Farmed fish will soon surpass caught fish in the supply of fish for global human consumption. A report from the Food and Agriculture Organization of the United Nation (FAO), ‘The state of world fisheries and aquaculture 2016’, projected total world fishery production (capture plus aquaculture) to reach 196 million tonnes by 2025. Of that, the report estimates 102 million tonnes will come from aquaculture.
The same report noted that while aquaculture will remain one of the fastest-growing sectors for animal food production, its annual growth rate is slowing. One factor is availability of fish feeds in the requisite quality and quantity.
To produce the omega-3 oils that make fatty fish particularly healthy, farmed fish species, including salmon, are fed rations that include fish oil from wild-caught fish. As an alternative, Cargill has announced the launch of Latitude, a canola-based source of long-chain eicosapentaenoic acid (EPA), docosapentaenoic acid (DPA) and docosahexaenoic acid (DHA) omega-3 fatty acids for aquafeed.
Latitude can provide the predictable quality and quantity that fish farmers need, reducing the dependency on marine ingredients, including forage fish.
“The growth in aquaculture production brings an increase in demand for omega-3s,” said Willie Loh, vice president of market development for Cargill’s global edible oils business. “Latitude will help relieve some of the pressure on wild caught fish, while delivering a reliable omega-3 product to aquafeed manufacturers – a win-win for the industry.”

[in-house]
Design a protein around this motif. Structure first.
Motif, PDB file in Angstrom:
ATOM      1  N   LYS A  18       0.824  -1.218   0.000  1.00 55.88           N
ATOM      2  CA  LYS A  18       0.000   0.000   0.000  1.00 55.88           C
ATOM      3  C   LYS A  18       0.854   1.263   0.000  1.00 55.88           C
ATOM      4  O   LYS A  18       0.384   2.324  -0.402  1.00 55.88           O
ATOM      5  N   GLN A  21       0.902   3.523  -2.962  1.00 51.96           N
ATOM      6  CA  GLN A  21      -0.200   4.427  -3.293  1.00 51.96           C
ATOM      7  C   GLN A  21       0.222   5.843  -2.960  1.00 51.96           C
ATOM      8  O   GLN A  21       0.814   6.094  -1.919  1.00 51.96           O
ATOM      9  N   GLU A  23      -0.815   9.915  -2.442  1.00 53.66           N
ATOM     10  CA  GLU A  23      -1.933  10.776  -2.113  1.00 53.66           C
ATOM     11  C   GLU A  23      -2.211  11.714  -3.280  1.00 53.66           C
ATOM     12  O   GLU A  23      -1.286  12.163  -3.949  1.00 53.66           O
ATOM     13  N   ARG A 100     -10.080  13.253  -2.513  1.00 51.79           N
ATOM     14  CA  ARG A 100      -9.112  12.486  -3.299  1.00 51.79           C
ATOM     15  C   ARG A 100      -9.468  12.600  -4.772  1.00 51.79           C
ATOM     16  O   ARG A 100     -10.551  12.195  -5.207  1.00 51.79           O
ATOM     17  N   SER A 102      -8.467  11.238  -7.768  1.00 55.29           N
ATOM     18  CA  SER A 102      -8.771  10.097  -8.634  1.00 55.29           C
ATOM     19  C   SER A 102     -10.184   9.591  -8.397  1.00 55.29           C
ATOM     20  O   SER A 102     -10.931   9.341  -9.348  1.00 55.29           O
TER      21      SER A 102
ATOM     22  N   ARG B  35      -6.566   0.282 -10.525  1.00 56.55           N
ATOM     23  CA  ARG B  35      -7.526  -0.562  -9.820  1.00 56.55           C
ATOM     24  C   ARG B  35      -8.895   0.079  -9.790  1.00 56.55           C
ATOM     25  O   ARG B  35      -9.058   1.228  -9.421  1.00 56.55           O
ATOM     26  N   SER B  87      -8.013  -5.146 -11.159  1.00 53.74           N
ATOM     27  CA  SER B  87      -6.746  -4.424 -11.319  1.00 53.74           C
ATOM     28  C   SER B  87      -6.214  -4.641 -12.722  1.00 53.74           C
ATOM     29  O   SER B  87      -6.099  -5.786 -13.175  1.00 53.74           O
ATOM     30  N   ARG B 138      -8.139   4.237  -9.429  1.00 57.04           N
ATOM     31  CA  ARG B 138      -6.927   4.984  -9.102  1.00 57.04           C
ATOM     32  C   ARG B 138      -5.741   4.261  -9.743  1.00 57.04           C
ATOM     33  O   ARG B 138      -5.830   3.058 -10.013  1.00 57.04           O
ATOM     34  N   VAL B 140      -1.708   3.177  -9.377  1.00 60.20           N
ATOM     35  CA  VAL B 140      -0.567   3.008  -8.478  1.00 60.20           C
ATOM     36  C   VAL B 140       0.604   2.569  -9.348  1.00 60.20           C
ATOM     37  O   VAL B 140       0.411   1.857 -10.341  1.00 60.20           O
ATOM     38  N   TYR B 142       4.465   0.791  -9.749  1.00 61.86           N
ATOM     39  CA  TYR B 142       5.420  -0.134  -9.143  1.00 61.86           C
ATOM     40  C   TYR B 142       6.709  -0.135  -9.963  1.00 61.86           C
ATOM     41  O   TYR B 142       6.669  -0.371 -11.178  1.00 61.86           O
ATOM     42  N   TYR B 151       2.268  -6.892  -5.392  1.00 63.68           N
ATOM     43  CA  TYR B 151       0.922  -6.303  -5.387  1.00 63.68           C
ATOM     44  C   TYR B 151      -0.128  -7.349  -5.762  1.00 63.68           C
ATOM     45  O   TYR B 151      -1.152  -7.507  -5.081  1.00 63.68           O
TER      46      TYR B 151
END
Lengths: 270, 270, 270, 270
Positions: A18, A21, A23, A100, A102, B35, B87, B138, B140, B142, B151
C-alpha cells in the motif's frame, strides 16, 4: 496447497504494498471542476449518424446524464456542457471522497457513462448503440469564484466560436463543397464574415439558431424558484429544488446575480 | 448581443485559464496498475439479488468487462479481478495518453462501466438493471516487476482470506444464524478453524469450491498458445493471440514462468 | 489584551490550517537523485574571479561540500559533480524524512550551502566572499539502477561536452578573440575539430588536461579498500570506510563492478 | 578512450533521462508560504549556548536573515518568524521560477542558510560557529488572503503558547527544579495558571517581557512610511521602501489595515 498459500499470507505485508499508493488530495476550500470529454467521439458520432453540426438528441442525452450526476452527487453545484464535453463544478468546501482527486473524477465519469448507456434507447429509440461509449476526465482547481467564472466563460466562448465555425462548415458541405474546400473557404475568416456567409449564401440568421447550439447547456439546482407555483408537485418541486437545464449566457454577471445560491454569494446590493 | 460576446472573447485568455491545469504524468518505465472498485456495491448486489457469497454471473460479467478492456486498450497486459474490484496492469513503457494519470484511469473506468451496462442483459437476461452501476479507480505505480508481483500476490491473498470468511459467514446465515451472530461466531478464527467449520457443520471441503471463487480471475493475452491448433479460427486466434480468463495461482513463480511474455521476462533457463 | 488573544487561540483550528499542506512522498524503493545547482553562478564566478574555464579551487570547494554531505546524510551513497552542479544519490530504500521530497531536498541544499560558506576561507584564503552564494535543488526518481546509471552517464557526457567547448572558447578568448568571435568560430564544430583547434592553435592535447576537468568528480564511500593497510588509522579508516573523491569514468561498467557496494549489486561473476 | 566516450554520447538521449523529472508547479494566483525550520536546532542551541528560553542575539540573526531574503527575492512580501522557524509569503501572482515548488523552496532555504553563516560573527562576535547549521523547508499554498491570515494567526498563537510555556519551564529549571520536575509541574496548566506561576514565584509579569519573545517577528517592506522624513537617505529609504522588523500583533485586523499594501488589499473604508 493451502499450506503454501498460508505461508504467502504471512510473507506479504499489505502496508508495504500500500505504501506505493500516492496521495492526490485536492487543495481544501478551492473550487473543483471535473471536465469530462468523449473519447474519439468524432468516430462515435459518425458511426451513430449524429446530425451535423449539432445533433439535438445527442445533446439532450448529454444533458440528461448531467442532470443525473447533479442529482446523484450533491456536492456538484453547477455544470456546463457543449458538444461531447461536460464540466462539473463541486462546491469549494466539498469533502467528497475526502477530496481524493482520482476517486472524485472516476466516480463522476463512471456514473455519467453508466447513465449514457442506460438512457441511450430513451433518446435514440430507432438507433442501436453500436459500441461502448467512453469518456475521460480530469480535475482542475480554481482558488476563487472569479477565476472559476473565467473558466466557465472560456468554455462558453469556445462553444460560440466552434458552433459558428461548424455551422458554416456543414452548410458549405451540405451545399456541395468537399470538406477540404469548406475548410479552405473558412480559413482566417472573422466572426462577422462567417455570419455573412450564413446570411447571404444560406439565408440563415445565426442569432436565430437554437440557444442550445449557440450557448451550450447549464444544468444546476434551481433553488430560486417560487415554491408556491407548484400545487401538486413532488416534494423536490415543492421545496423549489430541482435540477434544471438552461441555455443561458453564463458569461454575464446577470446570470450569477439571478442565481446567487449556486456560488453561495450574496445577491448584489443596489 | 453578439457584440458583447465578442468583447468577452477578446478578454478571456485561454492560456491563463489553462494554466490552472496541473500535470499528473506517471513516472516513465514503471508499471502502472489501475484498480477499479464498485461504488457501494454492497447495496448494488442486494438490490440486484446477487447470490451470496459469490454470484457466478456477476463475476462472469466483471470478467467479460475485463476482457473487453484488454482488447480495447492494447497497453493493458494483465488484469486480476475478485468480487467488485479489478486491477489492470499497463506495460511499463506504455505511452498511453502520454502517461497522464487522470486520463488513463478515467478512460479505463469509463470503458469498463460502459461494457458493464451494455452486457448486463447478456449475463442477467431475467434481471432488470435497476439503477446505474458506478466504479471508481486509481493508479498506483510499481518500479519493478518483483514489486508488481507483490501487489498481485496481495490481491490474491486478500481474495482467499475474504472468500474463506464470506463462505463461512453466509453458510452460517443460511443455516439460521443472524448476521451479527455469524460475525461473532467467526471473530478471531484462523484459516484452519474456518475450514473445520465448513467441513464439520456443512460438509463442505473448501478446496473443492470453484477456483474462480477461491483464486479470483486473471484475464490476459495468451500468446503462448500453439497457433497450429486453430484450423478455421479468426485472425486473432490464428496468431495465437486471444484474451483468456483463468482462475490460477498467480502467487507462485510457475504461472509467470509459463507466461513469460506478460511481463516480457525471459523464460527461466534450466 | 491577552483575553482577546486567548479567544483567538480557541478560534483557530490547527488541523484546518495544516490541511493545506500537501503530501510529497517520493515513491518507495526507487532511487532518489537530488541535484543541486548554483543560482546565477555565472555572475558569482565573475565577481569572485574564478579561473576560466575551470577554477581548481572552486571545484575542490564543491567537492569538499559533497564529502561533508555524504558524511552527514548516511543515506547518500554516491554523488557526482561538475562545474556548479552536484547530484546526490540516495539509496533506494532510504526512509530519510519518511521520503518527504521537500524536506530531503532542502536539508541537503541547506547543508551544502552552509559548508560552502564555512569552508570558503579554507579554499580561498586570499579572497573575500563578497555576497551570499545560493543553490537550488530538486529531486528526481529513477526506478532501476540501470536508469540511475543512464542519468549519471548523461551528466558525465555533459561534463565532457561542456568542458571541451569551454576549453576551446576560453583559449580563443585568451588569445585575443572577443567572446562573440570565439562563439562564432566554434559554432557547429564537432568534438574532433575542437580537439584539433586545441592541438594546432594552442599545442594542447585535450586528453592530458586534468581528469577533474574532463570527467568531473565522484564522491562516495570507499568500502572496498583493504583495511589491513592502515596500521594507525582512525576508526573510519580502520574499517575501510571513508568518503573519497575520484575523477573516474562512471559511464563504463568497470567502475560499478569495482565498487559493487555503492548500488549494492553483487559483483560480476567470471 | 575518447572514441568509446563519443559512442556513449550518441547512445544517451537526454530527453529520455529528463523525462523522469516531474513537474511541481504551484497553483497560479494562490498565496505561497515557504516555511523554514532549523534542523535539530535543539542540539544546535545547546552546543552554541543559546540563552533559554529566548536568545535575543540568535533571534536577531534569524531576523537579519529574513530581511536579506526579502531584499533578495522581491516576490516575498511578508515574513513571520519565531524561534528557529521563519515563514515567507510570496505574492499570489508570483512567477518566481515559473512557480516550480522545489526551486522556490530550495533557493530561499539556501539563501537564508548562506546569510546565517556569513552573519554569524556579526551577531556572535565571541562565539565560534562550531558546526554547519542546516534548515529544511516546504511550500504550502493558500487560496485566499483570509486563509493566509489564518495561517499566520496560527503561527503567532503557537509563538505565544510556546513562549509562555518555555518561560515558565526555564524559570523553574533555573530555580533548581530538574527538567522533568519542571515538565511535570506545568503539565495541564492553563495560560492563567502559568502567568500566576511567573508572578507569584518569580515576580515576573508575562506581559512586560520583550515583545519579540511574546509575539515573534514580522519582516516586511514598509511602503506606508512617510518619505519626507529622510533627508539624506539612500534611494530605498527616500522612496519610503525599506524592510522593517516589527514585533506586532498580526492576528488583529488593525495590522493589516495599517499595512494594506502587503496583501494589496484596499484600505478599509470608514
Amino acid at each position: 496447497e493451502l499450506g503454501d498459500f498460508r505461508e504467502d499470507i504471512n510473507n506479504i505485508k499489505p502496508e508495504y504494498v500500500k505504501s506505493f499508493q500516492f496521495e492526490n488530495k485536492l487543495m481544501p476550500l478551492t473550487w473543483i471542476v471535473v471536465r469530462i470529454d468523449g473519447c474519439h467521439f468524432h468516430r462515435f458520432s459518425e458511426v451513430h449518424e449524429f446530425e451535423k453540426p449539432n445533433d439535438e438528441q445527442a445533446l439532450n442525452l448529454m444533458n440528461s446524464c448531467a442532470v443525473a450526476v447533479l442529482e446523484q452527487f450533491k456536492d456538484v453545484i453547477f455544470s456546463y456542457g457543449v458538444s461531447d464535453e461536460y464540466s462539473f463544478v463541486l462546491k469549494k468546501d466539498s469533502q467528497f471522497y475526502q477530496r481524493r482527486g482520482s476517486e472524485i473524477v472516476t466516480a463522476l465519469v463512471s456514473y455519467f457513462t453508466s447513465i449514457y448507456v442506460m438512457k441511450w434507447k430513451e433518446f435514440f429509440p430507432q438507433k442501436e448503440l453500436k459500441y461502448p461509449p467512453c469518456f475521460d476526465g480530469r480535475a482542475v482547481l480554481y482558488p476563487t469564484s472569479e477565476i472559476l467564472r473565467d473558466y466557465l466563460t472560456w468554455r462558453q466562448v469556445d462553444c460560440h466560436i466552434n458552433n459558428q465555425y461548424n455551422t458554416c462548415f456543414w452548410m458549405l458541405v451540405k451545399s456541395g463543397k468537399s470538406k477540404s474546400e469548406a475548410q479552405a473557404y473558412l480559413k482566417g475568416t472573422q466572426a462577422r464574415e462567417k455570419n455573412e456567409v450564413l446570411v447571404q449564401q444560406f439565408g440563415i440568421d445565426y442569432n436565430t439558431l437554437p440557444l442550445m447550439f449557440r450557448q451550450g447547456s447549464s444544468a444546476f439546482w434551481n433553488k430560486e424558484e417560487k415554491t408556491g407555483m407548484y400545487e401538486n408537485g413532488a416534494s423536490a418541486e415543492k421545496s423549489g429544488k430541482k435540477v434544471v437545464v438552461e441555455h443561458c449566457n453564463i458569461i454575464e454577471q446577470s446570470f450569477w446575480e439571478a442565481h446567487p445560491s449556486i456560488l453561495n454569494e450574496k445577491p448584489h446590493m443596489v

Cargill says the functional elements of Latitude meet aquaculture requirements. “Fresh and saltwater feed trials have shown that 100 percent of fish oil can be replaced with Latitude in commercial salmon feed with no effect on fish growth rates, fish health or fillet omega-3 content,” the company says.
The primary market for Latitude is salmon farming, which is concentrated in Chile and Canada. Latitude was launched at AquaSur, one of the largest aquaculture events in the world, in Chile in October. Salmon feed manufacturers in Chile and Canada will be able to purchase Latitude after its commercial launch, planned for 2020.
Canola used to produce Latitude is currently grown in Montana. Cargill could expand production to new areas as demand increases, but the specialty crop will likely have to remain in areas that don’t have large acres of commercial canola. In a November 2017 Canola Digest article on new specialty canola traits, Loh said: “What we don’t want to do is have pollen potentially contaminate any other canola crop. We don’t want to contaminate the mainstream canola crop, and frankly we don’t want the mainstream canola crop to contaminate our omega-3 oil.”